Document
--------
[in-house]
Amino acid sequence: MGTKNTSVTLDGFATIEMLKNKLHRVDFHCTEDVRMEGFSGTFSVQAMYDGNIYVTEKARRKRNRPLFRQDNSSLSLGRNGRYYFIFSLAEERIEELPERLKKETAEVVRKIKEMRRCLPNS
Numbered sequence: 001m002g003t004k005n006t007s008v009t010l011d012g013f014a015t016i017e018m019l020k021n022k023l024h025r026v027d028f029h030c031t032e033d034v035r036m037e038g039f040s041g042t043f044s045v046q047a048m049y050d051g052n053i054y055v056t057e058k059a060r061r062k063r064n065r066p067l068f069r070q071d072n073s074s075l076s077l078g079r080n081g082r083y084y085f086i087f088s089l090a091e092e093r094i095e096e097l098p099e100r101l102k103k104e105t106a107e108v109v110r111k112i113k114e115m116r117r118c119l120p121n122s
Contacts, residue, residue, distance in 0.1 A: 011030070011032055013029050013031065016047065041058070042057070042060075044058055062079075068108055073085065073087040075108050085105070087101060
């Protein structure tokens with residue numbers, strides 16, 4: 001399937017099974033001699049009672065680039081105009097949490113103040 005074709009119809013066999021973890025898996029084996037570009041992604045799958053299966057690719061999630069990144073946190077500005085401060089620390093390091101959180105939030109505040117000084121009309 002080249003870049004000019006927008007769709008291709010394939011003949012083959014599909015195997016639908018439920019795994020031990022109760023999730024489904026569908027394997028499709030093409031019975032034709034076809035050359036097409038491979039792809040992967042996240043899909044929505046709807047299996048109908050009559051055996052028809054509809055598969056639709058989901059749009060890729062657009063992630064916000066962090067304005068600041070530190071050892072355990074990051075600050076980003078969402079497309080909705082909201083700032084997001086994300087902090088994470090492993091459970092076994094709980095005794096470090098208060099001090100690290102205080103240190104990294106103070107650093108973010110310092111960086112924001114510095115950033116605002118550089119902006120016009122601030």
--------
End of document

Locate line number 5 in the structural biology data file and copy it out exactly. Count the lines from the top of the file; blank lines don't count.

């Protein structure tokens with residue numbers, strides 16, 4: 001399937017099974033001699049009672065680039081105009097949490113103040 005074709009119809013066999021973890025898996029084996037570009041992604045799958053299966057690719061999630069990144073946190077500005085401060089620390093390091101959180105939030109505040117000084121009309 002080249003870049004000019006927008007769709008291709010394939011003949012083959014599909015195997016639908018439920019795994020031990022109760023999730024489904026569908027394997028499709030093409031019975032034709034076809035050359036097409038491979039792809040992967042996240043899909044929505046709807047299996048109908050009559051055996052028809054509809055598969056639709058989901059749009060890729062657009063992630064916000066962090067304005068600041070530190071050892072355990074990051075600050076980003078969402079497309080909705082909201083700032084997001086994300087902090088994470090492993091459970092076994094709980095005794096470090098208060099001090100690290102205080103240190104990294106103070107650093108973010110310092111960086112924001114510095115950033116605002118550089119902006120016009122601030």